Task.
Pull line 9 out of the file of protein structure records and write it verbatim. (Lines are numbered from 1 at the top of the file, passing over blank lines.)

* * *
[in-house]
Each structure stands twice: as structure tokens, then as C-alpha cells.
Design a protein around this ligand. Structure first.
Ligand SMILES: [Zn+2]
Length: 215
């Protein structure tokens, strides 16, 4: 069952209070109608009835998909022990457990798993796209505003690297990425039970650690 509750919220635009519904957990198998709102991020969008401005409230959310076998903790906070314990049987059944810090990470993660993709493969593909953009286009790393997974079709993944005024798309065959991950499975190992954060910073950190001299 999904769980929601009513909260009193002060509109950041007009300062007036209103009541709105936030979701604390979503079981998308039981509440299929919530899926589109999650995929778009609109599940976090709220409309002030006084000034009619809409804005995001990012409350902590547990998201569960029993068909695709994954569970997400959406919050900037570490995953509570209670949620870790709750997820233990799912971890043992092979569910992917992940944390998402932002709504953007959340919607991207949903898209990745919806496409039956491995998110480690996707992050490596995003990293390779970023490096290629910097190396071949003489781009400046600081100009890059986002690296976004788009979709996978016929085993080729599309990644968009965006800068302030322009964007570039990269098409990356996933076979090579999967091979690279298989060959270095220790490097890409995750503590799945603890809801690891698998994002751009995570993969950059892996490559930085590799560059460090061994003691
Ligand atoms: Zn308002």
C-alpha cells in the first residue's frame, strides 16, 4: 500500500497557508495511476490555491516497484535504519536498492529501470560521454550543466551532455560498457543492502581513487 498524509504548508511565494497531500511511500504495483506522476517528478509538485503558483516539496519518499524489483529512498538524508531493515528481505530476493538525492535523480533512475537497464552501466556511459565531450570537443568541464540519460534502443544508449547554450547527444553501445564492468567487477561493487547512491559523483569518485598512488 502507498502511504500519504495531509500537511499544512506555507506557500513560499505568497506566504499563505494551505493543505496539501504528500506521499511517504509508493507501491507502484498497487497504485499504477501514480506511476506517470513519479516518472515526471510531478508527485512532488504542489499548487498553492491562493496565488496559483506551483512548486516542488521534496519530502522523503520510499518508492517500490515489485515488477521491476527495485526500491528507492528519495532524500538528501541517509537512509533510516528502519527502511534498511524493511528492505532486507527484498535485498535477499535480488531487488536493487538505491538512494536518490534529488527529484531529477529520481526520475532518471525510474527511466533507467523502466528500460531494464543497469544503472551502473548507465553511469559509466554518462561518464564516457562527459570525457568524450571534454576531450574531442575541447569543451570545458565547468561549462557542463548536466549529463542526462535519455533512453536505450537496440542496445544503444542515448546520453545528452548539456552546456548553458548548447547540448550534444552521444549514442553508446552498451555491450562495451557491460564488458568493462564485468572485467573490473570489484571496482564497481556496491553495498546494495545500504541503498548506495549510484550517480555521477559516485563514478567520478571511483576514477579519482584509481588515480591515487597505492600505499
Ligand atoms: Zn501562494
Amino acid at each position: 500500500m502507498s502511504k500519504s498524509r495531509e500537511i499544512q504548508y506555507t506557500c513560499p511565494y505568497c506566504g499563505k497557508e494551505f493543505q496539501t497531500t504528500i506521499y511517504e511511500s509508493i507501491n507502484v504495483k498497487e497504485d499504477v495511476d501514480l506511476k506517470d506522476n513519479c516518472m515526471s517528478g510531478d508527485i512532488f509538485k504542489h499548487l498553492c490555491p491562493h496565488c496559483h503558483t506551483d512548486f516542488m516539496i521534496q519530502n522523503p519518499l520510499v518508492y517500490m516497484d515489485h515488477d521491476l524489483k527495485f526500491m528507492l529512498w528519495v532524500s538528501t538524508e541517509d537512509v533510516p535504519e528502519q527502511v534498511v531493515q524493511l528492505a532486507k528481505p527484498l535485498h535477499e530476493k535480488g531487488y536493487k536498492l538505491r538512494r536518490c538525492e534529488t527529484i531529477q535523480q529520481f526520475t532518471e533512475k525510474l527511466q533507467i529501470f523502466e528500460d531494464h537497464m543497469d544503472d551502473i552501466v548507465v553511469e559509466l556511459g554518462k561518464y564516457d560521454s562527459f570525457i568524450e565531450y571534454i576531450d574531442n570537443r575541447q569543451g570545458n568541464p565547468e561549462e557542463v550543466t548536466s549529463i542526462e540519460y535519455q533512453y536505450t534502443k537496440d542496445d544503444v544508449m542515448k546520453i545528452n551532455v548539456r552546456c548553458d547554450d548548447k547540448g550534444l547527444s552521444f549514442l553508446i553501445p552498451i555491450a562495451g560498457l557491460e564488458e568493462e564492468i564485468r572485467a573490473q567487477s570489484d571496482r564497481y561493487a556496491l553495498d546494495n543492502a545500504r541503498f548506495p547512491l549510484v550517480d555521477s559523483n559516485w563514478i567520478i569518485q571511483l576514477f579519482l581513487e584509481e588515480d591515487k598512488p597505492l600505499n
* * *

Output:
Ligand atoms: Zn501562494